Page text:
The case involved the sale and resale of a 1969 Hawker-Siddeley business jet. The first seller had owned it for more than 27 years. Then the owner sold it "as is, where is" to a commercial airplane refurbisher. The refurbisher, perhaps after some spiffing up, then sold it to our plaintiff-buyer, again "as is, where is." (The buyer became the plaintiff in the lawsuit we are reporting, so we'll call it the "plaintiff-buyer" to distinguish it from the refurbisher-buyer-then-seller.) It sold for $2.2 million. Because the sale was "as is," the plaintiff-buyer had a prepurchase inspection done on the aircraft, and based on the inspection, bought it.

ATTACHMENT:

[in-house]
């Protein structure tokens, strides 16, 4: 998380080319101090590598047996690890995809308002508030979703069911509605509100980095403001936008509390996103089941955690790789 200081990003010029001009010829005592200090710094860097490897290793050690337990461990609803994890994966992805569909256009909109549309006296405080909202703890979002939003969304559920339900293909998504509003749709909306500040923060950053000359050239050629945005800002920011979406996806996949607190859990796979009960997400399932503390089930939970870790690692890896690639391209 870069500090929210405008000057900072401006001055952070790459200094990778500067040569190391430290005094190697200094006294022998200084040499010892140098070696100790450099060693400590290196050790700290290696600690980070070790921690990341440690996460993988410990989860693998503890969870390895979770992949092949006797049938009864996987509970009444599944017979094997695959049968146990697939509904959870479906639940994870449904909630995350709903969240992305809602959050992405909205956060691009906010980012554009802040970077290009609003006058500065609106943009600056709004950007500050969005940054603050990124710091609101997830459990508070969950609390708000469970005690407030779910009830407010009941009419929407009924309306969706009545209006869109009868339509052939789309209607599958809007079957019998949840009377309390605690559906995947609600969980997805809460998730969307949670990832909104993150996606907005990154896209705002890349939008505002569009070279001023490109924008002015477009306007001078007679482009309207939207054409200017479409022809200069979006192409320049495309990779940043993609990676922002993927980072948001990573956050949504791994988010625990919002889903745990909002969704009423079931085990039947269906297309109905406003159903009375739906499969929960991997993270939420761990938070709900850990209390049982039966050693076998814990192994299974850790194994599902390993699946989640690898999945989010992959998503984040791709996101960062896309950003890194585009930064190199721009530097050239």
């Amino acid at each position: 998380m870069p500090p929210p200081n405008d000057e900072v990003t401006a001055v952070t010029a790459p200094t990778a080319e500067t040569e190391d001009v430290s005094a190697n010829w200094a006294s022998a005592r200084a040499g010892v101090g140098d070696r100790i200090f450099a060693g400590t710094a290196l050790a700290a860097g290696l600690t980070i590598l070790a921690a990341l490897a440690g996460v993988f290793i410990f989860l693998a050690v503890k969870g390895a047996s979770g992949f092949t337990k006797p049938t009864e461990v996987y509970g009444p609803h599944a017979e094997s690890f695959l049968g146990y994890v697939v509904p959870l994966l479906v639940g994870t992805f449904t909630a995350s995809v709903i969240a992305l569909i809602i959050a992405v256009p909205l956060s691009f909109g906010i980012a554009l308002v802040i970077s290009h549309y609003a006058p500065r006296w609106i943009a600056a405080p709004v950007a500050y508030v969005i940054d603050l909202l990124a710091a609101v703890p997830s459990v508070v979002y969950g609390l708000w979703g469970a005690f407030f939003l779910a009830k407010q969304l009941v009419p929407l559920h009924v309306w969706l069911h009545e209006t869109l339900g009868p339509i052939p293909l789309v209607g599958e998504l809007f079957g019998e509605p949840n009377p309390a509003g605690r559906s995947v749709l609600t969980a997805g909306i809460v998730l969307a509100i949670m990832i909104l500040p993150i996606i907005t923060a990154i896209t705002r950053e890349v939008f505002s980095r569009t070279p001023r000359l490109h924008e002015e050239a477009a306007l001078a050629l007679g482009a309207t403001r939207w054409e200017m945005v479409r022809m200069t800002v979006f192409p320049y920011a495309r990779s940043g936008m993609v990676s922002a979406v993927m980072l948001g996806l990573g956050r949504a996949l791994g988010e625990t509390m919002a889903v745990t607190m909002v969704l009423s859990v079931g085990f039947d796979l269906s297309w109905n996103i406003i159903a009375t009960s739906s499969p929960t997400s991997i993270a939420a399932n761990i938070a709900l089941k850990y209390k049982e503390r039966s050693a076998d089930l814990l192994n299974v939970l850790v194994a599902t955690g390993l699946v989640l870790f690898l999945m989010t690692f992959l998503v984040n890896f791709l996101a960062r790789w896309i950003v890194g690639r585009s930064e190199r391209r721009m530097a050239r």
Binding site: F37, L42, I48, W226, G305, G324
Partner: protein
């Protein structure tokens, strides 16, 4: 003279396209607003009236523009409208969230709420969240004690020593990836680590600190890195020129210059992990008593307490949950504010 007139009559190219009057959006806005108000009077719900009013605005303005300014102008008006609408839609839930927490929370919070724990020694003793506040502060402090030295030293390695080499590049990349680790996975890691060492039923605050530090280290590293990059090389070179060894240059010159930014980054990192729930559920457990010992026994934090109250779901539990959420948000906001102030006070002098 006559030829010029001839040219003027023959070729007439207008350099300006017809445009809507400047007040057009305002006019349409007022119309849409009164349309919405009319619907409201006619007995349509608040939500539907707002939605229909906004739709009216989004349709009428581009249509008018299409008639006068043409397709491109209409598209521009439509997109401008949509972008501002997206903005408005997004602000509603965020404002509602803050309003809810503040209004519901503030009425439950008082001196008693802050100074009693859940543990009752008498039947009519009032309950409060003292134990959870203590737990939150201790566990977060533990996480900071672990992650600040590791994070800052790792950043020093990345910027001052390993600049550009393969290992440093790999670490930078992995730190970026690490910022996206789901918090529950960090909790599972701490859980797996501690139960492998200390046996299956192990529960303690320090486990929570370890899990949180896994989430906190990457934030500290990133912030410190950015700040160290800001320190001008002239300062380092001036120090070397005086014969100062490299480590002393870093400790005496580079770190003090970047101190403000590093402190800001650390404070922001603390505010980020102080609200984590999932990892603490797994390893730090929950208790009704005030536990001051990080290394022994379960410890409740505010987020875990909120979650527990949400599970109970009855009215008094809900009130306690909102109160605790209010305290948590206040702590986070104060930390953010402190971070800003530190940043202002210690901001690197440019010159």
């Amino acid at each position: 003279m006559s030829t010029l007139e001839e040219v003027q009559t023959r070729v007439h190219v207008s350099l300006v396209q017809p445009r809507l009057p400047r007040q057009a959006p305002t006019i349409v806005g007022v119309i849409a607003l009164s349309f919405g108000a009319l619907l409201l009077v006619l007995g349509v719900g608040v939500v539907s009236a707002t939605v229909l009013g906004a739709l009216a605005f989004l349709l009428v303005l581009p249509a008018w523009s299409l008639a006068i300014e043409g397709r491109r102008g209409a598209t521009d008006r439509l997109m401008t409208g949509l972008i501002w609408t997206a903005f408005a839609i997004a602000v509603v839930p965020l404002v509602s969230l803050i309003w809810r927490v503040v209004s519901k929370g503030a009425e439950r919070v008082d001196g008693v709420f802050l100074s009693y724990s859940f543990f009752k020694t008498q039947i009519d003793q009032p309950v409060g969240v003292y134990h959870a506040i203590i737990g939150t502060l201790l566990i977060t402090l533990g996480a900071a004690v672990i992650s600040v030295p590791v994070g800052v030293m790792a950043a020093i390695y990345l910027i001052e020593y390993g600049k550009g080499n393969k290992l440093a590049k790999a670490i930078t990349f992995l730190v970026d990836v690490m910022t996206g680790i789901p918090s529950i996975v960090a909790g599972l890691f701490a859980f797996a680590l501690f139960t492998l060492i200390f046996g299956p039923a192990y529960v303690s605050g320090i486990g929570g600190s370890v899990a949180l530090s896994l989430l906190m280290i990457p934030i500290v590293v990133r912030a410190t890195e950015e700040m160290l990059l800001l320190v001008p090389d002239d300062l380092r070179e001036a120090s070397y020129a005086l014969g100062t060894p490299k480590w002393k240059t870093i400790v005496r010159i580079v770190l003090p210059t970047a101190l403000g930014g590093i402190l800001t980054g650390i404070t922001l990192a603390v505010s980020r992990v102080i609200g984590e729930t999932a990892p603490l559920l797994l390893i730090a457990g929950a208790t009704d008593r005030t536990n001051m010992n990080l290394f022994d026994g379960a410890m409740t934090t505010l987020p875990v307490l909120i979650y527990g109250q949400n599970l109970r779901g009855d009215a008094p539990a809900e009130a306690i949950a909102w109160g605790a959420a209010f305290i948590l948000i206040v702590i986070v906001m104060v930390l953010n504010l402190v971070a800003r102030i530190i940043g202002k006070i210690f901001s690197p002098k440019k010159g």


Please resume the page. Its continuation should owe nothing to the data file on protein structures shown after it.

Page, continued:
Guess what? More than a year after buying the Hawker, the plaintiff-buyer discovered corrosion on various parts. It came to light when the plaintiff-buyer hired an aircraft repair and maintenance company to do an inspection of the plane. The corrosion was extensive enough to render the airplane unairworthy, and very expensive to repair.
The plaintiff-buyer wanted satisfaction from someone and ultimately sued the first seller as well as the company that did the prepurchase inspection. For some reason not explained in the court decision, the plaintiff-buyer did not sue the refurbisher from whom he bought the plane. And the decision does not tell us what happened to the part of the suit against the prepurchase inspector. But the decision goes into some detail about the claims against the first seller, and gives us some interesting insights into the law that was applied.